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The nonpolitical impediments to expanding today's Army are well understood. The first bottleneck is training, particularly advanced brigade- and division-level training. After there are sufficient trained brigades to man available equipment, the main impediment would become the ability of the industrial base to produce more equipment. The goals of this research were to develop a framework for studying expandability in the future and to use that framework to study how expandability issues might change. The framework centered around a simplified model of the expansion process and an exploratory modeling environment for parametrically 'wandering around' among plausible futures looking for 'interesting' regions. There were few interesting regions to be found. Said another way, today's expandability issues and impediments are likely to persist in most reasonable futures.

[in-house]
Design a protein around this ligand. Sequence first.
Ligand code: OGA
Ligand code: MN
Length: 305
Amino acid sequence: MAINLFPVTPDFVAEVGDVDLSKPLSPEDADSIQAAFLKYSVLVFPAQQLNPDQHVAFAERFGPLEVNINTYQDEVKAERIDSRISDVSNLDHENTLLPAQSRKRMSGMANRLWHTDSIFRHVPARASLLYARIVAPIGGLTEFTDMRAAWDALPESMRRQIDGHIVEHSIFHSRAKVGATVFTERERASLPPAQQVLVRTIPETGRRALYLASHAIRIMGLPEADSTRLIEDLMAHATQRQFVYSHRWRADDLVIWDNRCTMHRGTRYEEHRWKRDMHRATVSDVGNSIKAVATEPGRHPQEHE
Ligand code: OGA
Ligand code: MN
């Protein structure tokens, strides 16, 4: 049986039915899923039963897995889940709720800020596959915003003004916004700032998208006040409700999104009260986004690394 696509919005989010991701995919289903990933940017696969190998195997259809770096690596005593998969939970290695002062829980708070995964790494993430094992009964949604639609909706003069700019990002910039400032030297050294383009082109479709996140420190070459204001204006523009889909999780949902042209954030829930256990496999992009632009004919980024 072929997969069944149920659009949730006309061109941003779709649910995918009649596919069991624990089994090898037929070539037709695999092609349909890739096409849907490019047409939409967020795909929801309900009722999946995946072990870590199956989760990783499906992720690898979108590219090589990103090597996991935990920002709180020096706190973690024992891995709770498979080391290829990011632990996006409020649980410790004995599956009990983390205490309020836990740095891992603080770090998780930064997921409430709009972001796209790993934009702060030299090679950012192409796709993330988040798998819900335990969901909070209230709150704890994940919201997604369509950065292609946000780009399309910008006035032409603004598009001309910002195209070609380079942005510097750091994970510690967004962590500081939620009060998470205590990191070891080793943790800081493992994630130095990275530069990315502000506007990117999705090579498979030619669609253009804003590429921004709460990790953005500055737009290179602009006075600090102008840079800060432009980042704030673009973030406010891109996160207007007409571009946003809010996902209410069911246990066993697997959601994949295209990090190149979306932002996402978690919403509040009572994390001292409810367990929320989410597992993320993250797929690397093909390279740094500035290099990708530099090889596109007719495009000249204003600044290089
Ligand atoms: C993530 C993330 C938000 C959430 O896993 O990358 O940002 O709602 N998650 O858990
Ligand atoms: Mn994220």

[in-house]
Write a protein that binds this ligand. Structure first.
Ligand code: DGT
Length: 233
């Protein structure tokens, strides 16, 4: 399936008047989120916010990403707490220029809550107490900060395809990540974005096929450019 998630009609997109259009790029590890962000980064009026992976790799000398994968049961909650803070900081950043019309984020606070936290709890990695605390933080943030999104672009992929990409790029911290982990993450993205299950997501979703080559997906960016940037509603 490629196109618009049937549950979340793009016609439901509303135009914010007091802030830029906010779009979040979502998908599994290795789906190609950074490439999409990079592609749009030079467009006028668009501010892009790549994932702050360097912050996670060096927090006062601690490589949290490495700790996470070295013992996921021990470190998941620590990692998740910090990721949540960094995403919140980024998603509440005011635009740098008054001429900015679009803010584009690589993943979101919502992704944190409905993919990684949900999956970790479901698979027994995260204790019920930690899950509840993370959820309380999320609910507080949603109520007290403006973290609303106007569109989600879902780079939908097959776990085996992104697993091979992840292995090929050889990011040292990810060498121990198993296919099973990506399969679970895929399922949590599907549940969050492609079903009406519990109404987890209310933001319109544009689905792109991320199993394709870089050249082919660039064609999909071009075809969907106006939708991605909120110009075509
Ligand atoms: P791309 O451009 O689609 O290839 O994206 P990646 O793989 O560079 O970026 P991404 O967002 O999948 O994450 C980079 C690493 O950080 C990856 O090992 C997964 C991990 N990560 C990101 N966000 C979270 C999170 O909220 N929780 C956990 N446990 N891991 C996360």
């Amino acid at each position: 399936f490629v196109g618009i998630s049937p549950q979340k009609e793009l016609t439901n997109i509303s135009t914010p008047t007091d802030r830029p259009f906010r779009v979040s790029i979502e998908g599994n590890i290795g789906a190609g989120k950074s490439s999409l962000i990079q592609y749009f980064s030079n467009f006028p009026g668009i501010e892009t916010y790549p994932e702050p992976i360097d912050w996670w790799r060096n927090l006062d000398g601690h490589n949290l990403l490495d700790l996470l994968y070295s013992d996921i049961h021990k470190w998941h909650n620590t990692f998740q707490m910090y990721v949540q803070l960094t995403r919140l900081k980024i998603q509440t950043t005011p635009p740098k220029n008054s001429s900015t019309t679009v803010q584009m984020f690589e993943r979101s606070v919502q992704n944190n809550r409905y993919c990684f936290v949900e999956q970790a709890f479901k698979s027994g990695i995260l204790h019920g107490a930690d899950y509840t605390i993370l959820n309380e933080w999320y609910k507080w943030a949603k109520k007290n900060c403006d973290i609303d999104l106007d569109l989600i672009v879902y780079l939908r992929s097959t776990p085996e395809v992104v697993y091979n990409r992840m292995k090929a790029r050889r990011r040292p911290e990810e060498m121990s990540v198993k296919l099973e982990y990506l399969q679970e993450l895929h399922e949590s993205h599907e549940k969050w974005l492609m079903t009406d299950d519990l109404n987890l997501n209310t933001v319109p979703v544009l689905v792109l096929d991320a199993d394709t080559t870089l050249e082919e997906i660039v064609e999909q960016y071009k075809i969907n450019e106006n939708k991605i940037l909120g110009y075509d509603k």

Table of Contents

  • Chapter One

    Introduction

  • Chapter Two

    A Framework for Thinking About Expandability

  • Chapter Three

    Expanding the Army's Heavy Divisions Today

  • Chapter Four

    Expanding the Army's Heavy Brigades in the Future

  • Chapter Five

    Costs and Expanding the Army's Heavy Forces in the Future

  • Chapter Six

    Expanding the Army's Light Divisions Today

  • Chapter Seven

    Expanding the Army's Light Brigades in the Future

  • Chapter Eight

    Costs and Expanding the Army's Light Forces in the Future

  • Chapter Nine

    Conclusions

  • Appendix A

    Exploratory Modeling

  • Appendix B

    Exploratory Modeling Parameter Values

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The research described in this report was performed under the auspices of RAND's Arroyo Center.

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